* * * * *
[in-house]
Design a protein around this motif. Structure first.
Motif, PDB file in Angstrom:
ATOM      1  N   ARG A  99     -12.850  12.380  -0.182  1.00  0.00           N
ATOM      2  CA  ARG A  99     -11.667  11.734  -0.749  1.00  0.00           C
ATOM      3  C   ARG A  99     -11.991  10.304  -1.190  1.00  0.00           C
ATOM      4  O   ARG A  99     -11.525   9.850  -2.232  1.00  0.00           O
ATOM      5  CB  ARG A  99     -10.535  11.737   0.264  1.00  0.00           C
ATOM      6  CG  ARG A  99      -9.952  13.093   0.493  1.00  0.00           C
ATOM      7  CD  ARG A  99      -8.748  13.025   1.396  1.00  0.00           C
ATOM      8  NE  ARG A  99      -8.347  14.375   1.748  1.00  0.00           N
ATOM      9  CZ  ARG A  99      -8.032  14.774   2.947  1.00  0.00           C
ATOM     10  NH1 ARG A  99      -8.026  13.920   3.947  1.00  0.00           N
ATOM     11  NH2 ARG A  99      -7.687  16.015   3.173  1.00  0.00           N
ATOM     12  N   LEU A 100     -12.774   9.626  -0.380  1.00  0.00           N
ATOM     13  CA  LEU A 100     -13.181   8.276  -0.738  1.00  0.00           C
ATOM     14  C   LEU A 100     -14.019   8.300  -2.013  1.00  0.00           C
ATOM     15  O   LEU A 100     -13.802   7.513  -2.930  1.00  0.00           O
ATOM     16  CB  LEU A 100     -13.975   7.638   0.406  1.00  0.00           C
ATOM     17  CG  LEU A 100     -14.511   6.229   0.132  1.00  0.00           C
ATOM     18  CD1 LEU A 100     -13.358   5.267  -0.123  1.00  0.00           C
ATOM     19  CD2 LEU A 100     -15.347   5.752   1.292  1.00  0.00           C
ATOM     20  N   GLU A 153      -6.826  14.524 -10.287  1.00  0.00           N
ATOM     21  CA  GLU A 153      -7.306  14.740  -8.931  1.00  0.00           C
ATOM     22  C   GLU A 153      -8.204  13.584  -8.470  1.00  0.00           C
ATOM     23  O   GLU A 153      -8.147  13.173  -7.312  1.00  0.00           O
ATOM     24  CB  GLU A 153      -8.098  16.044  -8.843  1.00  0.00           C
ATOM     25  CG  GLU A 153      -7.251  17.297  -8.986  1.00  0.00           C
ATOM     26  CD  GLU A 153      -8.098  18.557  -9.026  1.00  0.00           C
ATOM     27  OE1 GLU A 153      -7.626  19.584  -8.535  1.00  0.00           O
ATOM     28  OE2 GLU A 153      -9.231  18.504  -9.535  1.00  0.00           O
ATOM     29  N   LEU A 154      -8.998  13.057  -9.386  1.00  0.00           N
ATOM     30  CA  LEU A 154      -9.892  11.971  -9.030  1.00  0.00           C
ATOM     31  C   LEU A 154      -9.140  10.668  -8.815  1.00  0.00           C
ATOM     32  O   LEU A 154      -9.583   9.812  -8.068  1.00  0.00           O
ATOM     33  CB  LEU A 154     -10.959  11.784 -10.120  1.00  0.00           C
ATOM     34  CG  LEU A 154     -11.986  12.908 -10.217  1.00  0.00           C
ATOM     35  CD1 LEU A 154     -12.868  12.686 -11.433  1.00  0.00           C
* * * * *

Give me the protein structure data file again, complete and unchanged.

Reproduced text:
[in-house]
Design a protein around this motif. Structure first.
Motif, PDB file in Angstrom:
ATOM      1  N   ARG A  99     -12.850  12.380  -0.182  1.00  0.00           N
ATOM      2  CA  ARG A  99     -11.667  11.734  -0.749  1.00  0.00           C
ATOM      3  C   ARG A  99     -11.991  10.304  -1.190  1.00  0.00           C
ATOM      4  O   ARG A  99     -11.525   9.850  -2.232  1.00  0.00           O
ATOM      5  CB  ARG A  99     -10.535  11.737   0.264  1.00  0.00           C
ATOM      6  CG  ARG A  99      -9.952  13.093   0.493  1.00  0.00           C
ATOM      7  CD  ARG A  99      -8.748  13.025   1.396  1.00  0.00           C
ATOM      8  NE  ARG A  99      -8.347  14.375   1.748  1.00  0.00           N
ATOM      9  CZ  ARG A  99      -8.032  14.774   2.947  1.00  0.00           C
ATOM     10  NH1 ARG A  99      -8.026  13.920   3.947  1.00  0.00           N
ATOM     11  NH2 ARG A  99      -7.687  16.015   3.173  1.00  0.00           N
ATOM     12  N   LEU A 100     -12.774   9.626  -0.380  1.00  0.00           N
ATOM     13  CA  LEU A 100     -13.181   8.276  -0.738  1.00  0.00           C
ATOM     14  C   LEU A 100     -14.019   8.300  -2.013  1.00  0.00           C
ATOM     15  O   LEU A 100     -13.802   7.513  -2.930  1.00  0.00           O
ATOM     16  CB  LEU A 100     -13.975   7.638   0.406  1.00  0.00           C
ATOM     17  CG  LEU A 100     -14.511   6.229   0.132  1.00  0.00           C
ATOM     18  CD1 LEU A 100     -13.358   5.267  -0.123  1.00  0.00           C
ATOM     19  CD2 LEU A 100     -15.347   5.752   1.292  1.00  0.00           C
ATOM     20  N   GLU A 153      -6.826  14.524 -10.287  1.00  0.00           N
ATOM     21  CA  GLU A 153      -7.306  14.740  -8.931  1.00  0.00           C
ATOM     22  C   GLU A 153      -8.204  13.584  -8.470  1.00  0.00           C
ATOM     23  O   GLU A 153      -8.147  13.173  -7.312  1.00  0.00           O
ATOM     24  CB  GLU A 153      -8.098  16.044  -8.843  1.00  0.00           C
ATOM     25  CG  GLU A 153      -7.251  17.297  -8.986  1.00  0.00           C
ATOM     26  CD  GLU A 153      -8.098  18.557  -9.026  1.00  0.00           C
ATOM     27  OE1 GLU A 153      -7.626  19.584  -8.535  1.00  0.00           O
ATOM     28  OE2 GLU A 153      -9.231  18.504  -9.535  1.00  0.00           O
ATOM     29  N   LEU A 154      -8.998  13.057  -9.386  1.00  0.00           N
ATOM     30  CA  LEU A 154      -9.892  11.971  -9.030  1.00  0.00           C
ATOM     31  C   LEU A 154      -9.140  10.668  -8.815  1.00  0.00           C
ATOM     32  O   LEU A 154      -9.583   9.812  -8.068  1.00  0.00           O
ATOM     33  CB  LEU A 154     -10.959  11.784 -10.120  1.00  0.00           C
ATOM     34  CG  LEU A 154     -11.986  12.908 -10.217  1.00  0.00           C
ATOM     35  CD1 LEU A 154     -12.868  12.686 -11.433  1.00  0.00           C